Stephen Hawking as a Science Communicator

Stephen Hawking as a Science Communicator

“STEPHEN HAWKING WAS THE MOST ACCOMPLISHED SCIENCE COMMUNICATOR OF OUR TIME. NOT ONLY DID HE POPULARISE EXTRAORDINARILY COMPLEX IDEAS AND MAKE THEM AVAILABLE TO PEOPLE FROM ALL WALKS OF LIKE, BUT HIS LEGACY INSPIRED ARTISTS TO MAKE WORK THAT FURTHER ENRICHED OUR UNDERSTANDING OF THE UNIVERSE AND OUR PLACE WITHIN IT. 

 

WHAT DISTINGUISHED HAWKING WAS THAT HIS RESEARCH INSIGHTS ALWAYS SHAPED THE SUBJECT OF HIS SCIENCE COMMUNICATION. IN SO DOING, HE MADE THE MASSIVE JUMP THAT MUCH SCIENCE COMMUNICATION FAILS TO ACHIEVE, NAMELY TO BRING THE LATEST IDEAS TO THE PUBLIC’S ATTENTION. HAWKING DID THIS IN LEAPS AND BOUNDS AND WAS ALSO A DEEPLY HUMANITARIAN FIGURE, AS MUCH CONCERNED WITH THE SURVIVAL OF THE HUMAN SPECIES AS HE WAS FOR THE IDEA OF LIFE IN ITS ENTIRETY.”

 

“IN THE FINAL YEARS OF HIS LIFE, HE TURNED HIS ATTENTION TO THE OPPORTUNITIES AND RISKS AFFORDED BY ARTIFICIAL INTELLIGENCE AND HOW THIS COULD CONTRIBUTE TO OR DETRACT FROM IMPROVING THE LIVES OF THE PEOPLE MOST WORSE OFF IN SOCIETY. IN THIS RESPECT, HAWKING’S CONTRIBUTION WAS ALWAYS WRAPPED IN A DEEP COMMITMENT TO THE PURSUIT OF LIFE AND TO OUR ENJOYMENT OF IT. HIS CONTRIBUTION BEYOND PHYSICS WILL LIVE ON FOR YEARS TO COME, NOTABLY IN THE STEPHEN HAWKING MEDAL FOR SCIENCE COMMUNICATION, WHICH WAS FIRST AWARDED IN 2015."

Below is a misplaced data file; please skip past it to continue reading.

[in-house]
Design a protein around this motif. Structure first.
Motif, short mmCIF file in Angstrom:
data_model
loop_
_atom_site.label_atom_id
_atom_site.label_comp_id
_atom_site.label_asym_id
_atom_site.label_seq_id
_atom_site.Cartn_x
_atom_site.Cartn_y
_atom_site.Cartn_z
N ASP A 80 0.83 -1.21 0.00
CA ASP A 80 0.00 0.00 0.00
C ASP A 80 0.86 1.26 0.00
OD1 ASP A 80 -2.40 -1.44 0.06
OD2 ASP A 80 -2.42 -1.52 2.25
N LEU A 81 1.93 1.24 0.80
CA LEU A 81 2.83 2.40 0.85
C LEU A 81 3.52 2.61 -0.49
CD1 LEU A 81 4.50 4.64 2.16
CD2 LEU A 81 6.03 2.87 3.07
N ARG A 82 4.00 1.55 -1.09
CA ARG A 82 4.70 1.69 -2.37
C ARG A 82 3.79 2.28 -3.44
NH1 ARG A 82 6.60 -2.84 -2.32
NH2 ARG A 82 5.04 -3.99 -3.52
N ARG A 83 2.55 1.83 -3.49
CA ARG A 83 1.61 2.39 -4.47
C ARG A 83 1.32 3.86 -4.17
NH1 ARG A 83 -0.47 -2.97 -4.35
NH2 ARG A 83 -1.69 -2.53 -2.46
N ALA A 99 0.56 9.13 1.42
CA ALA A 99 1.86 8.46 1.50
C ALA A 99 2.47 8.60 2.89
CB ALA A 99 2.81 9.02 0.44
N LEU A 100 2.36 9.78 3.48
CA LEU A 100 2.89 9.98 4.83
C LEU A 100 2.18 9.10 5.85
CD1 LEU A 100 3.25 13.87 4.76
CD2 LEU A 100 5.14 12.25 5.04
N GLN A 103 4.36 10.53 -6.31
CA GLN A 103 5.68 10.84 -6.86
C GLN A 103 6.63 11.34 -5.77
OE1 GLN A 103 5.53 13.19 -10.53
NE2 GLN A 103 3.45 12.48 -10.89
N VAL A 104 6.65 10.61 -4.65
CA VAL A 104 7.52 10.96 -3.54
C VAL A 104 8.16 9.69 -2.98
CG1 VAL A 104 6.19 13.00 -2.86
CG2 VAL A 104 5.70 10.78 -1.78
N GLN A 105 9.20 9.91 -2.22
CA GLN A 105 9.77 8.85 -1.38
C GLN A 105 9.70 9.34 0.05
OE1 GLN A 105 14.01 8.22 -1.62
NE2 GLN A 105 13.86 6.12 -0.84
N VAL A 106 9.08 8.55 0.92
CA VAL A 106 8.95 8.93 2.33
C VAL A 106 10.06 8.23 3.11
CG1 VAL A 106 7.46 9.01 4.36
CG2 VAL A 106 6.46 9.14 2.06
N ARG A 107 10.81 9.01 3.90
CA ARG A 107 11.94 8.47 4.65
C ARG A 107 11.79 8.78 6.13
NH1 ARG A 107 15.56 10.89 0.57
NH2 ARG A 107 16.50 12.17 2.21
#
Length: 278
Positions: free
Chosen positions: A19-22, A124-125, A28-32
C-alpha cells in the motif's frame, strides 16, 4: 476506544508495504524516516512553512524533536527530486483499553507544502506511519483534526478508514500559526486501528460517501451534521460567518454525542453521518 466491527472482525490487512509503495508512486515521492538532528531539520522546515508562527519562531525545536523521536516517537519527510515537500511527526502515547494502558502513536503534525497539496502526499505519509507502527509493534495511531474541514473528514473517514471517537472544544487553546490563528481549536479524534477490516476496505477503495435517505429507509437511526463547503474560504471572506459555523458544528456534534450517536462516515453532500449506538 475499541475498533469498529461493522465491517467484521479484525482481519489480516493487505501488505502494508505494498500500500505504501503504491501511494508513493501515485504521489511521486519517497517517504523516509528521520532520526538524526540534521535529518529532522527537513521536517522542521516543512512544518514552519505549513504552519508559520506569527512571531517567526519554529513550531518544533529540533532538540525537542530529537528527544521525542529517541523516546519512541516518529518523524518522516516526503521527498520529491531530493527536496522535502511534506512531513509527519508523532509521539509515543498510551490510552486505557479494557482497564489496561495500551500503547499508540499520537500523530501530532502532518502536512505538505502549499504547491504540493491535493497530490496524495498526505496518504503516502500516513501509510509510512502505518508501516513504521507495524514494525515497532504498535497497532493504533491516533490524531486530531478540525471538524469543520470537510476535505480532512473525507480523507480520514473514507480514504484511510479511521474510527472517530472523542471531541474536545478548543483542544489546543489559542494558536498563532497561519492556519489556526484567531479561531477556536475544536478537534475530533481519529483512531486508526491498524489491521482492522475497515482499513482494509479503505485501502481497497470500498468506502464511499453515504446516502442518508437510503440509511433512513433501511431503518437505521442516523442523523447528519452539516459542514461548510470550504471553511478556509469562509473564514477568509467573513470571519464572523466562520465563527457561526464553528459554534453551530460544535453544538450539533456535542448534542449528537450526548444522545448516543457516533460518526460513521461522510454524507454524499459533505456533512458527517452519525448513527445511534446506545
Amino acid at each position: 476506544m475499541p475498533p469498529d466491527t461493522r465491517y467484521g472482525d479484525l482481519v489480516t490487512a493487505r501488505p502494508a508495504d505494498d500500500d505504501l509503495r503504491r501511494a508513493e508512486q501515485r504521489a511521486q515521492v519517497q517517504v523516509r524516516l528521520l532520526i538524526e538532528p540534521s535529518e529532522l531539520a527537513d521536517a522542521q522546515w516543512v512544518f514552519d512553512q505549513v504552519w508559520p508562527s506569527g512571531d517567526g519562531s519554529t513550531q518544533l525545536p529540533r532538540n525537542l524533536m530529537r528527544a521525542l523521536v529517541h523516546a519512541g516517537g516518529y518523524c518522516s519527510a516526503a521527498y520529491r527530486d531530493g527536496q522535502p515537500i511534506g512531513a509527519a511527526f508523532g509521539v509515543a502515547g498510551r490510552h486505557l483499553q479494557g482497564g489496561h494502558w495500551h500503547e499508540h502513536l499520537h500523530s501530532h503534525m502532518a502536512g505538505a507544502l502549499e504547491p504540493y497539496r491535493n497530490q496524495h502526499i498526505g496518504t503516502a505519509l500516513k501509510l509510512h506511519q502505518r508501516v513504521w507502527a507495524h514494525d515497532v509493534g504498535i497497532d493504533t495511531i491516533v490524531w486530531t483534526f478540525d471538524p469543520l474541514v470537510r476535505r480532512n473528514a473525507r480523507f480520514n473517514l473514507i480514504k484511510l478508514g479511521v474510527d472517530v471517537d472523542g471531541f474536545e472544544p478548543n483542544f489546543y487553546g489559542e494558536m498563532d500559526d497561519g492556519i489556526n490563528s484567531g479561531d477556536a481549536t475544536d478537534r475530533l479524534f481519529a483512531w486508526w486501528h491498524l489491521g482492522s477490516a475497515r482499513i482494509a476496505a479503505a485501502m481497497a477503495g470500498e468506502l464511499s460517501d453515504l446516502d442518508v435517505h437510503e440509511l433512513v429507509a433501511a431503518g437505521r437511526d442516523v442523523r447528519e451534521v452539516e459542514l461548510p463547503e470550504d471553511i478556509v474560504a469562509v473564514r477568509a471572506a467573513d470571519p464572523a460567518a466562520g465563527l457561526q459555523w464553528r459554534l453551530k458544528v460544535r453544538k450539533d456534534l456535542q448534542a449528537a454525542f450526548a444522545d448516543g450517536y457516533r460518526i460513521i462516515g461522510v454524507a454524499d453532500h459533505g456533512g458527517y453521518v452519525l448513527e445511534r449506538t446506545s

#FakeNews

#FakeNews

20171123_134819w.jpg

Today, the BBC launches a big initiative to help children navigate the world of fake news and this is a nice segway into an event I took part in a couple of weeks ago at the National Science and Media Museum, which opened a new exhibition on Fake News. Curated by John O'Shea and Sarah Browncross, I was really pleased to advise it in the lead up.

The Museum has done a great job of turning around an exhibition in a short space of time, which deals with one of the biggest stories of the year and certainly the biggest digital discourse of 2017. With the Collins Dictionary including 'fake news' into its historic pages, we need greater work on promoting digital literacy, but also thoughtful responses to how we engender trust within our institutions.

One of the problems here is that all information sources become compromised and this may even include museums as we begin to rethink who we trust and what counts as authority in a digital age.  The trend over the last decade has been to elevate the crowd to the position of authority. The more likes on Facebook or views on YouTube, or recommendations on Amazon, the more credit we give to something. Yet, this reputation economy becomes subject to manipulation as the platform within which it takes place is monetised. So, we see celebrities being told off for promoting a product on Twitter, as this is strictly speaking advertising, which is carefully regulated.

The Museum's exhibition draws attention to the longer history of Fake News, which began well before Donald Trump came on the scene.

 

What Spider-Man needs to eat for breakfast

What Spider-Man needs to eat for breakfast

The edited volume by myself and Mark Lorch received interest from the Mirror last week in an article which outlines the book we published earlier in the year with the Royal Society of Chemistry. Check it out here

The book was published out of a book sprint we conducted during Manchester Science Festival in 2016 and has been getting some great reviews, including one from Nature.